Wosner is a German piston sold by Nik's Industries (1-888-500-NIKS) that provides good quality at a good price.

Webcam makes regrind cams which can save you big bucks. There is no difference in the durability of a modern regrind and a billet cam.

If your bike came with titanium valves, you can't use less expensive steel valves because the heaver valve might float at high rpm. To prevent this, you can install Nik's stiffer valve springs. The money you save by using steel valves might be eaten up by the additional cost of springs- but only on the first rebuild.

Cometic and Wiseco both sell gasket kits that are priced better than the O.E. stuff.

is expected to take for warranty work. You might have a friend at a dealership who can share those numbers. But, it's always best to get upfront pricing for an entire job. There are laws in all states governing the practices of both dealerships and home mechanics. You should know them and be sure to ask about "worst case" scenarios.

Modern valves can last a long, long time, and you don't have to replace t hem nearly as often as your piston. You can check to see if your valves and seats are sealing properly by squirting contact cleaner into the valve ports and seeing if the valves leak. You probably don't need a new cylinder unless the old one has visible wear or damage. Your crank should only be replaced or rebuilt if it develops play. Gears are probably okay unless the motor is jumping out of gear. Modern cams seem to last a very long time.

Most dealerships will charge suggested retail for all parts. That can be very expensive. And if you go to a garage mechanic, he has to get parts from a dealer, and he will probably mark them up, which is a normal pract i ce and not at al l unethical. You can save money by knowing where to source your own parts. Internet and mail-order prices are usually much less than walk-in dealer prices. In fact, some dealerships actually charge a different price over the Internet. For most O.E. parts, the cheapest place we have found is Service Honda ([800] 828-5498).

In many cases, aftermarket parts are less expensive than O.E. parts. A Wiseco crank kit, for example, includes a Wiseco crank, plus bearings and seals for less than the price of an original equipment crank. The same is often true of pistons and cams. But there are some O.E. parts that aren't offered by aftermarket sources. Heads, for example, are so complicated to manufacture that only the original maker will produce them.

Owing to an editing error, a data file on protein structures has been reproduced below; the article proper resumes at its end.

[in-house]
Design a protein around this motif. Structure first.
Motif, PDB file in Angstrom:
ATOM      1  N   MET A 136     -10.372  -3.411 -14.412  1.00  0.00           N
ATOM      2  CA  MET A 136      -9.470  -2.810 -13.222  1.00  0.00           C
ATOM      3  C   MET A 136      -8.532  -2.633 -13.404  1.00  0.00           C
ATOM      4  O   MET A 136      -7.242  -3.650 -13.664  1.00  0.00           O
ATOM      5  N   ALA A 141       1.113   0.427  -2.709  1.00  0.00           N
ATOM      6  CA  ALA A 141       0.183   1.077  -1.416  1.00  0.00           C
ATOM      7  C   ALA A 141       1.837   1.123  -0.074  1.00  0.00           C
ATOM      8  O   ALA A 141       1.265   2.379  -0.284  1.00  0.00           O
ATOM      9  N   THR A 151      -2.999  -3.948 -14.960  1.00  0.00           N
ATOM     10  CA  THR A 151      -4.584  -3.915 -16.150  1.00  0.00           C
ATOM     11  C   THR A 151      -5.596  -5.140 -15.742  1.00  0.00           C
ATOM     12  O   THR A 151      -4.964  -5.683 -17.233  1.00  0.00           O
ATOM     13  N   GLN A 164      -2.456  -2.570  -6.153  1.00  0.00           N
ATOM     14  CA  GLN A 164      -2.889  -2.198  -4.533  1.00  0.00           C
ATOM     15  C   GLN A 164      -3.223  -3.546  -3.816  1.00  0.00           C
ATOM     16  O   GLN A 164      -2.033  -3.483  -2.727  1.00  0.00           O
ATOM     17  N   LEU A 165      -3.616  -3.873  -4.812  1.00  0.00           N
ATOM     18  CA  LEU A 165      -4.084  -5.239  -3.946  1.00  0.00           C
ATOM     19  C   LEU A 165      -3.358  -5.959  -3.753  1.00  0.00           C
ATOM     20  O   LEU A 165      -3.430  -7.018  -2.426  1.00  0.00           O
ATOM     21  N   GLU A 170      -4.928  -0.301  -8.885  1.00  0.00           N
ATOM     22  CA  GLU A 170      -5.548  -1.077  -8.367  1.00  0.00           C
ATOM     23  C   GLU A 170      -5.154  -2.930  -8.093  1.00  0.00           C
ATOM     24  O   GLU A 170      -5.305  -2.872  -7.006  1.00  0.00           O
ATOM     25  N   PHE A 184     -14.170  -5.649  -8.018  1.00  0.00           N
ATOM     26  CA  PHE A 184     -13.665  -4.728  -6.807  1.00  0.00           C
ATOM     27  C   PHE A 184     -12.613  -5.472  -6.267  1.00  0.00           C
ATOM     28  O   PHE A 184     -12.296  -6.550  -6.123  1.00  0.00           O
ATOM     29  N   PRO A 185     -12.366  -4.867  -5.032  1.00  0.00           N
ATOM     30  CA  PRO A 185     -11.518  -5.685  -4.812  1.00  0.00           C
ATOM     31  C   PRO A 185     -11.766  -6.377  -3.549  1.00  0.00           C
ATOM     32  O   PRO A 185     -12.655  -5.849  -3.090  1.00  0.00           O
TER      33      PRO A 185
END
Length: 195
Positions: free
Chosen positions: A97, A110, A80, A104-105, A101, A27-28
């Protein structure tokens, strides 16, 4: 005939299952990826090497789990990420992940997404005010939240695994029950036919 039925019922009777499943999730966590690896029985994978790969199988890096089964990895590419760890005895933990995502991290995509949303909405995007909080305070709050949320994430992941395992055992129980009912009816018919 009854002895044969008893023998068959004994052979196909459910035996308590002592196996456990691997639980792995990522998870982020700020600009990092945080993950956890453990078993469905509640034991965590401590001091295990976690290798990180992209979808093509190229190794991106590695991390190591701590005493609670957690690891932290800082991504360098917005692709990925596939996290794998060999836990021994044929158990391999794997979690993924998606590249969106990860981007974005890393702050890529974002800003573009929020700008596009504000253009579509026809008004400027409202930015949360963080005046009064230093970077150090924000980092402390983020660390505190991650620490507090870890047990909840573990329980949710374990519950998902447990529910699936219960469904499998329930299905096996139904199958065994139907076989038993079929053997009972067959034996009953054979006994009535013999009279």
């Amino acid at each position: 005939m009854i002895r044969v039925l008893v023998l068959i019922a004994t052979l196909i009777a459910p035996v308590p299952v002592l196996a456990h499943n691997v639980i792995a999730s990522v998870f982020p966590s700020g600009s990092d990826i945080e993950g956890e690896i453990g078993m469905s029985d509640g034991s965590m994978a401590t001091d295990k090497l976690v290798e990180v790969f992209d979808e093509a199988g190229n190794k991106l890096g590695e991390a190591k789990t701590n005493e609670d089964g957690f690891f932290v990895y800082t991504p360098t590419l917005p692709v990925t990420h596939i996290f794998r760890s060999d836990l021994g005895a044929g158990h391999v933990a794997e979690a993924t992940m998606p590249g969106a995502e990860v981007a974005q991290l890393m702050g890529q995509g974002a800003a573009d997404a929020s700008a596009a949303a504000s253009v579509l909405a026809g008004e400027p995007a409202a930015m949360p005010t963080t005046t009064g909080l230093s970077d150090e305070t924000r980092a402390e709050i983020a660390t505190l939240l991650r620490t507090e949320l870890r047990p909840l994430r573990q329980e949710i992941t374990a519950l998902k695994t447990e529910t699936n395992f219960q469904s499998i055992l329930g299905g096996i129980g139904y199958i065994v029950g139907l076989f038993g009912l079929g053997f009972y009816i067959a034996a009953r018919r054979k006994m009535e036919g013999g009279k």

There are times you should have your original crank, cylinder or head rebuilt, and there are times you should buy a whole new part. L.A. Sleeve will rebuild your original crank for $80 plus parts, which is a good deal. If your head needs new seats and guides, it's tough to beat the price of a brand-new one, especially from Honda. Suggested retail for a TRX450R head is $326. Service Honda sells them for $215. L.A. Sleeve is probably the best place to send a head that needs new seats. They can get the job done for $150 plus parts. Copper beryllium seats cost $65 apiece, but will last much longer than stock. It's your call, depending on how long you plan on riding your ATV. Cylinders are another tough call. Millennium Technologies ([888] 779-6885) or Max Power ([608] 224-2524) will re-plate your cylinder with a much better coating than it had originally. L.A. Sleeve will install ferrous lines for a little less. But the original cost of a Honda cylinder is only $265, and Service Honda will sell one for $175. Cylinder Works ([515] 251-4070) will also sell a new cylinder of its own for less than the O.E. list price.

All that brings us to one of our favorite subjects: hop-ups! There's no better time to search for more power than rebuild time. If you want the very best, then by all means, rebuild the original head with copper beryllium valve seats. It makes perfect sense to wait until that old cylinder is worn out, and then replace it with a bigger one. High-compression pistons cost a little more than standard ones, but the labor cost is the same. And high-performance cams are often less expen- sive than the standard ones. Talk to the people at Webcam ([951] 369-7266).

There's a lifespan for everything. An old quad motor can very easily cost more to fix than it's worth. If you think you' re getting close to that point, then sell it cheap. Be honest. But if it runs, it's still worth more than otherwise. If it doesn't run, then parting it out is always the best option. Go to eBay and check out the prices that used chassis parts sell for. You'll be amazed.